Christine Lyons as Norma in
Norma at Winter Opera
Photo: Convergence Media

Sunday, the role of Norma will be played not by a soprano but instead by the instrument of Associate Principal Cellist Melissa Brooks. I’m guessing it’s the arrangement by conductor Mathieu Herzog since that’s the one that shows up most often on YouTube, but it should be in good hands in any case.

Amilcare Ponchielli (1834–1886) was an influential and popular composer in his time, but today his 1876 drama “La Gioconda” is the only one of his operas that’s still performed, and then only at big houses with deep pockets because of its many large and elaborate sets. Most of us know it by the ballet sequence we’ll hear on Sunday, the “Dance of the Hours.” This has been so successfully parodied—first by Walt Disney and then by Alan Sherman—that it might be hard to listen to it without a chuckle, but let’s all do our best, shall we?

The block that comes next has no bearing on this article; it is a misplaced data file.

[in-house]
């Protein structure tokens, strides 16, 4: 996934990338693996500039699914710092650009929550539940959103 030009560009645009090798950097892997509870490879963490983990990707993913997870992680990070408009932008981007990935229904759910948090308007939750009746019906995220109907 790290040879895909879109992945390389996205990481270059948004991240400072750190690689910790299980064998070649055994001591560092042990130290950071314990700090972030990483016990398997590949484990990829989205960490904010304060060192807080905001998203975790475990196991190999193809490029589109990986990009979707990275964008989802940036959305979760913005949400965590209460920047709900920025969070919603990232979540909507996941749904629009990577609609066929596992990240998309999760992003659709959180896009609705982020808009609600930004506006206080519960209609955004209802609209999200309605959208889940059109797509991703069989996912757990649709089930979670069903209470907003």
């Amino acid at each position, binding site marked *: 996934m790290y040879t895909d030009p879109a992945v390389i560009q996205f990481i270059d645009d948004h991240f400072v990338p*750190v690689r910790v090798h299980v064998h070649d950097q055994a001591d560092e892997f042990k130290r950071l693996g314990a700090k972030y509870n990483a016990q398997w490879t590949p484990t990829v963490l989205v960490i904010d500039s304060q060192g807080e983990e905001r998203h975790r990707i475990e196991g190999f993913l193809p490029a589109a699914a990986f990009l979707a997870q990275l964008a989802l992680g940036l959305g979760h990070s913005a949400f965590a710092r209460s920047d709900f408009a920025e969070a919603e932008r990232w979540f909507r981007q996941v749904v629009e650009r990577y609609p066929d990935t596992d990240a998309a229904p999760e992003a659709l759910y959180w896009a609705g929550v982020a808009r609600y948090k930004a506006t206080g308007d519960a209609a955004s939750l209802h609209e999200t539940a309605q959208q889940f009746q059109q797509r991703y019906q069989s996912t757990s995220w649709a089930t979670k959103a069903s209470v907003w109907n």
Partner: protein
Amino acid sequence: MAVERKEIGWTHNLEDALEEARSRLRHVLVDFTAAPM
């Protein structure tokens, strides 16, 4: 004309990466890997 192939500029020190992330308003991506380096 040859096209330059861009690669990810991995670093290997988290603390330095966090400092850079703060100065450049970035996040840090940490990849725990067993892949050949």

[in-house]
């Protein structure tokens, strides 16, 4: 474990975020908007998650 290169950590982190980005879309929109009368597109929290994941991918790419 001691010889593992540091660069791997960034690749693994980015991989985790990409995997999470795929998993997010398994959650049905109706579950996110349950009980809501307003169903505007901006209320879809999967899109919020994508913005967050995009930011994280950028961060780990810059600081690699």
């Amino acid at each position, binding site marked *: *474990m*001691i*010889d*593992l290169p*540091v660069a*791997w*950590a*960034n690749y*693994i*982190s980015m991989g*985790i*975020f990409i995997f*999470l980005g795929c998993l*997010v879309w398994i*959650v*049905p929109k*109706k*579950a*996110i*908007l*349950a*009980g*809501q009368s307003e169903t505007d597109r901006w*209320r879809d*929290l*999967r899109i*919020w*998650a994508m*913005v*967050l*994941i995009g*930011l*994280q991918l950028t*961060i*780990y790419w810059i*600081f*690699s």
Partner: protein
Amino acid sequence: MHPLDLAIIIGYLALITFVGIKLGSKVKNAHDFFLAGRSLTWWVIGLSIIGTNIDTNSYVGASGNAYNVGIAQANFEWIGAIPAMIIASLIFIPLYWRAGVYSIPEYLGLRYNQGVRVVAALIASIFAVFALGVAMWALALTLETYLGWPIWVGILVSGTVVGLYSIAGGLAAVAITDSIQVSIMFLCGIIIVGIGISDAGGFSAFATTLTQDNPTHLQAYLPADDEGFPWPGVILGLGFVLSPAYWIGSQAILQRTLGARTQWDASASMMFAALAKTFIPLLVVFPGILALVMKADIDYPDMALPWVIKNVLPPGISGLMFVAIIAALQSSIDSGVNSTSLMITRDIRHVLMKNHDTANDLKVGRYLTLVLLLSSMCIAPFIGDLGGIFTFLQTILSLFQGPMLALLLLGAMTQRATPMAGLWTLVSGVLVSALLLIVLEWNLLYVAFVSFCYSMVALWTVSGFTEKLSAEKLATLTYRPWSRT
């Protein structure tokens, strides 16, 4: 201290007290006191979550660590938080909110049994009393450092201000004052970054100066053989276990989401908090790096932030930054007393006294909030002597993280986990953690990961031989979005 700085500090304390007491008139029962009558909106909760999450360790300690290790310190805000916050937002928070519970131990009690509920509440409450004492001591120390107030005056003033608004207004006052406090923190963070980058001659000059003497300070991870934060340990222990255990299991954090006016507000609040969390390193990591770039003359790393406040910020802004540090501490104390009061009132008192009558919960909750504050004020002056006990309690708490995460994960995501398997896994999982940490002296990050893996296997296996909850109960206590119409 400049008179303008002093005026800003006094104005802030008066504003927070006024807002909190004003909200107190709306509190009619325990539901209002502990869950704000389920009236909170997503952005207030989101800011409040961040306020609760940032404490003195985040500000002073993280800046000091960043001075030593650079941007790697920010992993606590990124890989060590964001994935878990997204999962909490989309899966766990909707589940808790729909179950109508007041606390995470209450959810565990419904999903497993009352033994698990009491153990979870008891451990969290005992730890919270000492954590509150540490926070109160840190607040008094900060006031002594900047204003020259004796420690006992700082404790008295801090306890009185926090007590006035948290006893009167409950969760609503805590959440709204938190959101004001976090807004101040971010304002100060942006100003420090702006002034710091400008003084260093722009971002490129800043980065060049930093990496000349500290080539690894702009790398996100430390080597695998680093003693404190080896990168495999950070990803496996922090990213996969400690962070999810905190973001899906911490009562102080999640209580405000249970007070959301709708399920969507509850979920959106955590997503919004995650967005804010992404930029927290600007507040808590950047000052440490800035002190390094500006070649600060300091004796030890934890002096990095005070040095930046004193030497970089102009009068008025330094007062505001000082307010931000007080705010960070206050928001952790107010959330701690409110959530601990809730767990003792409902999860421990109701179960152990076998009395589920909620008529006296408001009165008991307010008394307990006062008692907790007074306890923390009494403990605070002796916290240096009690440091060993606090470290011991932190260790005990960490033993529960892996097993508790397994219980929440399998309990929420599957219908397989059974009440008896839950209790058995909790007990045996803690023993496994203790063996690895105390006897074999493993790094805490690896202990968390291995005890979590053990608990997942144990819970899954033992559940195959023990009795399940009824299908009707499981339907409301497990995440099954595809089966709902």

The second half of the concert opens with another overture, this time to the 1866 opéra comique (i.e., there’s a happy ending) “Mignon” by Ambroise Thomas (1811–1896). His operas aren’t performed often these days, but the tuneful overture to “Mignon” frequently shows up in recorded collections of overtures and, of course, on programs like this one.

The cast of Carmen
Opera Theatre
Photo: Eric Woolsey

Neither George Bizet (1838–1875) nor his opera “Carmen” need an introduction. Nor, for that matter, does “Les Toréadors” from the first of the two orchestral suites that Bizet’s friend Ernest Guiraud assembled from the score. We’ll hear it this Sunday just before another work derived from Bizet’s opera that does merit a few comments: the 1883 “Carmen Fantasy” for violin and orchestra by the Spanish violinist/composer Pablo de Sarasate.

Sarasate’s skill was legendary, and this mini-concerto bristles with technical challenges, including an elaborately ornamented version of the famous “Habanera” and the insanely fast finale, based on the Act II “Danse bohème.” The last time the SLSO presented the “Carmen Fantasy” Assistant Concertmaster Erin Schreiber blew everyone away with her performance, so it’s good to see that she’ll be the soloist once again.